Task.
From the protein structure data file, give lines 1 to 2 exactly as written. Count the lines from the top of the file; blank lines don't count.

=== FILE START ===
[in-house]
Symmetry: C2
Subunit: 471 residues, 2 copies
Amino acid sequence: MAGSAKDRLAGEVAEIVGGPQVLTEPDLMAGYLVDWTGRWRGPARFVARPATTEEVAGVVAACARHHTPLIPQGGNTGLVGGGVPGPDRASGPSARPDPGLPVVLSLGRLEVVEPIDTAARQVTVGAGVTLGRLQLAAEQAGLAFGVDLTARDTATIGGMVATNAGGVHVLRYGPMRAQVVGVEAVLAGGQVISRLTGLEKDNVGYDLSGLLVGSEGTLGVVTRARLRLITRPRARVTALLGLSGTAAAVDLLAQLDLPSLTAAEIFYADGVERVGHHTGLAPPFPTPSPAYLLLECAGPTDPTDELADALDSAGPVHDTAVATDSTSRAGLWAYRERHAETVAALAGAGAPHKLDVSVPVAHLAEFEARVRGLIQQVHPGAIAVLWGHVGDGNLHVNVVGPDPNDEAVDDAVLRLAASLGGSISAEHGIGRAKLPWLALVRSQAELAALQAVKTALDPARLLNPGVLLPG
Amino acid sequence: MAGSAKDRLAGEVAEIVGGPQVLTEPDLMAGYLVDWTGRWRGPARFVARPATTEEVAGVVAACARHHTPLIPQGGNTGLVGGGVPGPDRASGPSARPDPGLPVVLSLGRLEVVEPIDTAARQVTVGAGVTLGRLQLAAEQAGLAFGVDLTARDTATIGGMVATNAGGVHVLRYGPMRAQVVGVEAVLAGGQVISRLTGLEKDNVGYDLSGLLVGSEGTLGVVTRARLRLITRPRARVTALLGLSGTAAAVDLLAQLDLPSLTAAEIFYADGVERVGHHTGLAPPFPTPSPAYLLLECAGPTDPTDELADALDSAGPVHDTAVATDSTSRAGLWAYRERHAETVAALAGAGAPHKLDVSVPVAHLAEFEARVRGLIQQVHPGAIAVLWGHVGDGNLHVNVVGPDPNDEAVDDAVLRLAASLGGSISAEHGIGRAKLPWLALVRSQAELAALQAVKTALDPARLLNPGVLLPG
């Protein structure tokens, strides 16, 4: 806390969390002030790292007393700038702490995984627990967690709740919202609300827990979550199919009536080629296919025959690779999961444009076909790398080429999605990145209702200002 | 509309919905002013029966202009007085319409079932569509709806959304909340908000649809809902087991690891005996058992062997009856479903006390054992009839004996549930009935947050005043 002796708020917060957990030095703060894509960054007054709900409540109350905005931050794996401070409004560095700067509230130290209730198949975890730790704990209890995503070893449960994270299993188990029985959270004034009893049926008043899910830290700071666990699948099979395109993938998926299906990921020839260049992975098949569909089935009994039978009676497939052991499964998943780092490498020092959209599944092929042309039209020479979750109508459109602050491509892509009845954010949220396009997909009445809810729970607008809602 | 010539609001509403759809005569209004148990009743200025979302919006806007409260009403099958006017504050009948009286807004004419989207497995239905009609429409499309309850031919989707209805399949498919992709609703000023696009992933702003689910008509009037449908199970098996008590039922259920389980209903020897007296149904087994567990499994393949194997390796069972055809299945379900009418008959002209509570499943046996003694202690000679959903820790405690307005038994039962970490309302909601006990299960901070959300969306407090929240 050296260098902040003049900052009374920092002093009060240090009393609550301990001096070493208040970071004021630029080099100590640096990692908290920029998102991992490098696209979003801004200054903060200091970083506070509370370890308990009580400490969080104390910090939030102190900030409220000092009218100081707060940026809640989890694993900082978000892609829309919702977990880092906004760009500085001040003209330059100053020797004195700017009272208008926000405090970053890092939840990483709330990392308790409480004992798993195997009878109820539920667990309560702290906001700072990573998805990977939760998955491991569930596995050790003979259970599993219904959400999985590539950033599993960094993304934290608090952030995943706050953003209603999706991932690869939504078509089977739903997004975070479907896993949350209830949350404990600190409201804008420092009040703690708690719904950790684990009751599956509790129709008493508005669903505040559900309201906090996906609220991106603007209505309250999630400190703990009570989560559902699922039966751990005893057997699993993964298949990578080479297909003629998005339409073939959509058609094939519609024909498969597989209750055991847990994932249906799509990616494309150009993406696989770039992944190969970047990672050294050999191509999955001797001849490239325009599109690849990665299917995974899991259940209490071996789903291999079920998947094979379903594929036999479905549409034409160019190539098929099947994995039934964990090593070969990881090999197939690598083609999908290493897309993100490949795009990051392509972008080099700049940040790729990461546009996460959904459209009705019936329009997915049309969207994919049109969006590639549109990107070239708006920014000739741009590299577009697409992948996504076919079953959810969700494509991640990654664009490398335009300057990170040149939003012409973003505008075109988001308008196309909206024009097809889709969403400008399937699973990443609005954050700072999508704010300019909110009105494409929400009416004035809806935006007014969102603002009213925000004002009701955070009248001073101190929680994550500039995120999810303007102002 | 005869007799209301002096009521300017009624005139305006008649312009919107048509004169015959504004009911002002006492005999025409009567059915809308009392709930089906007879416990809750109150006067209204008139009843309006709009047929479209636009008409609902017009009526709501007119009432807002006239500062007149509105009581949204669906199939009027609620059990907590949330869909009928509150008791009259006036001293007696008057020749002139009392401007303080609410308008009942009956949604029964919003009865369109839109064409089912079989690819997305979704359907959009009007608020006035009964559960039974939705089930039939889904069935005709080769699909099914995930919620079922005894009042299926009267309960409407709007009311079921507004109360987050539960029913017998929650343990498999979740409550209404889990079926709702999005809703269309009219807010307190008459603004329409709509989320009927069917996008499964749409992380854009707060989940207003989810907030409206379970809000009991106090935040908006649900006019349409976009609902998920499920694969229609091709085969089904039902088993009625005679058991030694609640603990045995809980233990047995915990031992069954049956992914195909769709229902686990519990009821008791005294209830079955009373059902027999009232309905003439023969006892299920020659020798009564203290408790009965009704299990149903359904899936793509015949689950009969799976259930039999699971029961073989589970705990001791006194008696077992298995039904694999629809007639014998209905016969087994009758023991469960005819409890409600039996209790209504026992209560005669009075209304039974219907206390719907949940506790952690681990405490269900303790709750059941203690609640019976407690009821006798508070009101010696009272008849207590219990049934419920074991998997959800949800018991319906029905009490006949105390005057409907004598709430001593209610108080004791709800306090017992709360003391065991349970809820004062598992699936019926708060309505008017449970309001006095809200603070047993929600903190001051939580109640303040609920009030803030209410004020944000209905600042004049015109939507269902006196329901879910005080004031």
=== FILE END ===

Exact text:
[in-house]
Symmetry: C2